Cancer death rates down by a tenth
09 February 2016 08:16
New cancer data shows mixed news
Cancer death rates in the UK have fallen significantly over the course of the last decade, new figures show.
They have plummeted by almost 10%, according to analysis by Cancer Research UK, thanks to improvements in detection, diagnosis and treatment.
But the data also shows new cancer cases are still on the rise, despite the medical progress that has been made.
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Cancer Research UK found that 284 out of every 100,000 people in the UK died from some form of cancer in 2013, totalling around 162,000 people. This was down from 312 in every 100,000 a decade ago.
Men's and women's death rates both fell considerably over the period, down 12% and 8% respectively. It means in the region of 85,000 men and 77,000 women are dying from cancer each year in the UK.
Lung, bowel, breast and prostate cancer account for 46% of all cancer deaths nationwide, but saw an 11% drop in death rates. Liver cancer saw a 60% rise in death rates, while pancreatic cancer death rates climbed by 8%.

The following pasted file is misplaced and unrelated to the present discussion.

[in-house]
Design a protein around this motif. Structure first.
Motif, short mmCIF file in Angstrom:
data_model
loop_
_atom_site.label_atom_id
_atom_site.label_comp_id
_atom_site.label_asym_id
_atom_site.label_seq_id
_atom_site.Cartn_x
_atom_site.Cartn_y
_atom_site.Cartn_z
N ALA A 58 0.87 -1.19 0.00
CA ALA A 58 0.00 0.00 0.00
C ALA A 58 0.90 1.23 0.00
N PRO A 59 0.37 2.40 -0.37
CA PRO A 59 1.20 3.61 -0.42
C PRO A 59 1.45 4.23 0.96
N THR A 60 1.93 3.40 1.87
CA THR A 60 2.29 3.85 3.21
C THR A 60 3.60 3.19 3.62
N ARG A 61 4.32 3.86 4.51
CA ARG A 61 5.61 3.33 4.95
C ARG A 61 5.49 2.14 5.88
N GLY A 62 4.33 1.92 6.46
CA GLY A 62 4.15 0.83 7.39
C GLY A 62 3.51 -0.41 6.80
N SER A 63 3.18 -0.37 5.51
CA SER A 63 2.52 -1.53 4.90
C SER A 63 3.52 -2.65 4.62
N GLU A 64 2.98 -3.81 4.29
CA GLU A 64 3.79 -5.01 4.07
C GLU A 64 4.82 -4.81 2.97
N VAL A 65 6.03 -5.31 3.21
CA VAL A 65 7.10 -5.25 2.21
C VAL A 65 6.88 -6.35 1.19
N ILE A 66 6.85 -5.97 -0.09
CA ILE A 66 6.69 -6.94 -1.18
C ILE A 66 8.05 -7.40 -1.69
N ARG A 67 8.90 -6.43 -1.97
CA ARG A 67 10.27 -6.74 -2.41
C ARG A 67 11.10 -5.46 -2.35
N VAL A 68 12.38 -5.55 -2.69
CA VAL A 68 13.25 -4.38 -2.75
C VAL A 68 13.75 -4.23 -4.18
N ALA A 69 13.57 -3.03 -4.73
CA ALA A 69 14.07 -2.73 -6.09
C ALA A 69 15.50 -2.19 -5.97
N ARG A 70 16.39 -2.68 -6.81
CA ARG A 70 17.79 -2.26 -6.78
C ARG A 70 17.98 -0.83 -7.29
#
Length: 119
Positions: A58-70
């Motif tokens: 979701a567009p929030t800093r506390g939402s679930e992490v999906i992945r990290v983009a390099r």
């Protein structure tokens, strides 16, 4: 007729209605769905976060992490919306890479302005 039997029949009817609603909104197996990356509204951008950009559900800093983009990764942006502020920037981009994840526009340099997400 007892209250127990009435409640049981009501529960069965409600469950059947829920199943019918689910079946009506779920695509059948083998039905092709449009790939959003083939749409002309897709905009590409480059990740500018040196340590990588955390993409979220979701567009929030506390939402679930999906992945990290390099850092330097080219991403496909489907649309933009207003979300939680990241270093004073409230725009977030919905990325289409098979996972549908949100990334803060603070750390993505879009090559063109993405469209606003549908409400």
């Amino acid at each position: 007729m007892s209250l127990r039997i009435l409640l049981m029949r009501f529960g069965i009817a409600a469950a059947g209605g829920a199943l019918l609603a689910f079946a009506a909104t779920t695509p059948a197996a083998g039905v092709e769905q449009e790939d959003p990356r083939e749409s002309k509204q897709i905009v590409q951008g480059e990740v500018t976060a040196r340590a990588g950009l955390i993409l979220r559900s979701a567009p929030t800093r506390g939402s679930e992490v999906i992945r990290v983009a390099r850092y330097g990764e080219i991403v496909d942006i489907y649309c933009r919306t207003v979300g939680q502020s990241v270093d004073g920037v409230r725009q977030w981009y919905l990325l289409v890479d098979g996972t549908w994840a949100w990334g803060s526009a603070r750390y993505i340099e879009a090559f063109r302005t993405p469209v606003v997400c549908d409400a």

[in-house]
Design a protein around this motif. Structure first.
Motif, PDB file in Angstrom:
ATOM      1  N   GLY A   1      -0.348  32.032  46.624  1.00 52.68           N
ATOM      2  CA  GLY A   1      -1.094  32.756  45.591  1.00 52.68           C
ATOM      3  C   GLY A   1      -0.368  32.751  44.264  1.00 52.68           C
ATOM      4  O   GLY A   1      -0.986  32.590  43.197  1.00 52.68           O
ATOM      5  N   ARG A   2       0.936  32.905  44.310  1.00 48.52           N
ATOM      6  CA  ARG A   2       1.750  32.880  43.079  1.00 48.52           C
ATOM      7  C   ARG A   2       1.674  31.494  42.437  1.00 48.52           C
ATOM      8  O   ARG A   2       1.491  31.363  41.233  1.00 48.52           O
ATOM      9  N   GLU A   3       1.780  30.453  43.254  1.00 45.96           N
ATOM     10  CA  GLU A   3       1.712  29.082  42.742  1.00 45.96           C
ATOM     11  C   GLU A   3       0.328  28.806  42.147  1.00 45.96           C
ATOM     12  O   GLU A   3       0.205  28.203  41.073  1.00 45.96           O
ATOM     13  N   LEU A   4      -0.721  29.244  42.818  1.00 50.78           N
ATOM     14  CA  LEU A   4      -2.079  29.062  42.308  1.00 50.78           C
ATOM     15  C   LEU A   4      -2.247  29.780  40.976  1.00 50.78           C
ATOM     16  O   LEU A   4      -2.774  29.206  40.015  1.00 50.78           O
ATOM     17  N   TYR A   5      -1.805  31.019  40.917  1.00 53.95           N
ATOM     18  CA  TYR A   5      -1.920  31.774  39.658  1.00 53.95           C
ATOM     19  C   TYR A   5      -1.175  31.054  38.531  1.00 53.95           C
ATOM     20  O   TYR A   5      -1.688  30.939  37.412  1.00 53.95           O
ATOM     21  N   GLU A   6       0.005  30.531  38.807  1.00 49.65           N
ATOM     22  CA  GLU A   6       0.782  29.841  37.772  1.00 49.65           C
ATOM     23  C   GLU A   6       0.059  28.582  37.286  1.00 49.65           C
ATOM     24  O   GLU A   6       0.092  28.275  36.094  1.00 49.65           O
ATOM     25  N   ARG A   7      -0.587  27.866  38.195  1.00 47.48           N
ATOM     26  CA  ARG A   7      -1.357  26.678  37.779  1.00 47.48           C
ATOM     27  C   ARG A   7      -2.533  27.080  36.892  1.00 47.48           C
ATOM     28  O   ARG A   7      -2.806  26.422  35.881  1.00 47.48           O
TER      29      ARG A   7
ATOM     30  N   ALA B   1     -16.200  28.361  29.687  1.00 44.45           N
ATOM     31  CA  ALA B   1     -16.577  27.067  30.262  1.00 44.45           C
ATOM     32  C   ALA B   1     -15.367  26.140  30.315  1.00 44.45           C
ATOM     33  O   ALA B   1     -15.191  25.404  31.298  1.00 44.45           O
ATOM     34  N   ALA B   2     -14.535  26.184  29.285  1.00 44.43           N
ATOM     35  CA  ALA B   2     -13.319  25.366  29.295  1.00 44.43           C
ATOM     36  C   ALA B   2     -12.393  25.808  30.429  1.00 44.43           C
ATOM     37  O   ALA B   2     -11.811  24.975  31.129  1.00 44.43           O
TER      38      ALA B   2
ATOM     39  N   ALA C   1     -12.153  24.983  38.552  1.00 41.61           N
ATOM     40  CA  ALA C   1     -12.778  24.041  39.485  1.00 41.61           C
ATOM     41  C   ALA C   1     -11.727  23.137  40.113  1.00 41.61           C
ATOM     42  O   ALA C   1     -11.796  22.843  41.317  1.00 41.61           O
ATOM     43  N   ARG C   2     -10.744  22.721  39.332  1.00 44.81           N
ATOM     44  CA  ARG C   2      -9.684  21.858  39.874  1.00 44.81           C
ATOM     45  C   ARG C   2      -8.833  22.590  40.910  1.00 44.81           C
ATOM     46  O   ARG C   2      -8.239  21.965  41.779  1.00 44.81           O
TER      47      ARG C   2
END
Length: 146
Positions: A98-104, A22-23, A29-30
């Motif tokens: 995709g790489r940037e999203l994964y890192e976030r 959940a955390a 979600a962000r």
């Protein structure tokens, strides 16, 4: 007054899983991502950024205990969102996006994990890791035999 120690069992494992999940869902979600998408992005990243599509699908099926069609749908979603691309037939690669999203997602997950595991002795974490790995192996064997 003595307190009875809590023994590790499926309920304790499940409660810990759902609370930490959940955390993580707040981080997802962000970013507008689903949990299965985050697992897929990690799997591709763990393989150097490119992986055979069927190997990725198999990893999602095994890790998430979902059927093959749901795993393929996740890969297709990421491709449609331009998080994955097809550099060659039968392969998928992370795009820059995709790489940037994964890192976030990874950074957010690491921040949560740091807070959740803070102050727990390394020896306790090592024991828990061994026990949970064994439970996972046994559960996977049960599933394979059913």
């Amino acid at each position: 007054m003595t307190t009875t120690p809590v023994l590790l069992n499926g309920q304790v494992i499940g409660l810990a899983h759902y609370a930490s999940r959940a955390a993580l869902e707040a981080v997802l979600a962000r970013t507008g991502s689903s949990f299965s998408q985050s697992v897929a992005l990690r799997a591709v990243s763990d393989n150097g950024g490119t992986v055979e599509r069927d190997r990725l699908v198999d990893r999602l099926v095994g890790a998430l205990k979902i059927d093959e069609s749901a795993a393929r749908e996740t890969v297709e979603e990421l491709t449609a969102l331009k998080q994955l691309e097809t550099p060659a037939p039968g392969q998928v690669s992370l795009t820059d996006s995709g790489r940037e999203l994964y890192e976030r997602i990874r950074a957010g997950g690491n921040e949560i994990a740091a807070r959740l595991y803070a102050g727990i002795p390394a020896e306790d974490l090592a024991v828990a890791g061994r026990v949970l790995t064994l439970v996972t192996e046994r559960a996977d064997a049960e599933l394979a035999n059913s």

The Cancer Research UK figures reveal almost 346,000 people were diagnosed with cancer in the UK in 2012, up from 282,000 in 2002 and 249,000 in 1992.
Around 162,000 people died from cancer in the UK in 2012, up from just over 155,000 in 2002, as people live longer and develop the disease in old age. But the figure of 162,000 is very similar to that of 1992.
With Britons now living longer, experts predict one in two people in the UK will be diagnosed with cancer at some point in their lives. But some cases could be prevented, with at least a third of cases each year linked to unhealthy lifestyles, obesity, smoking and diet.
Some 80% of cancer deaths occur in people aged 65 and over, while more than half occur in those aged 75 and older.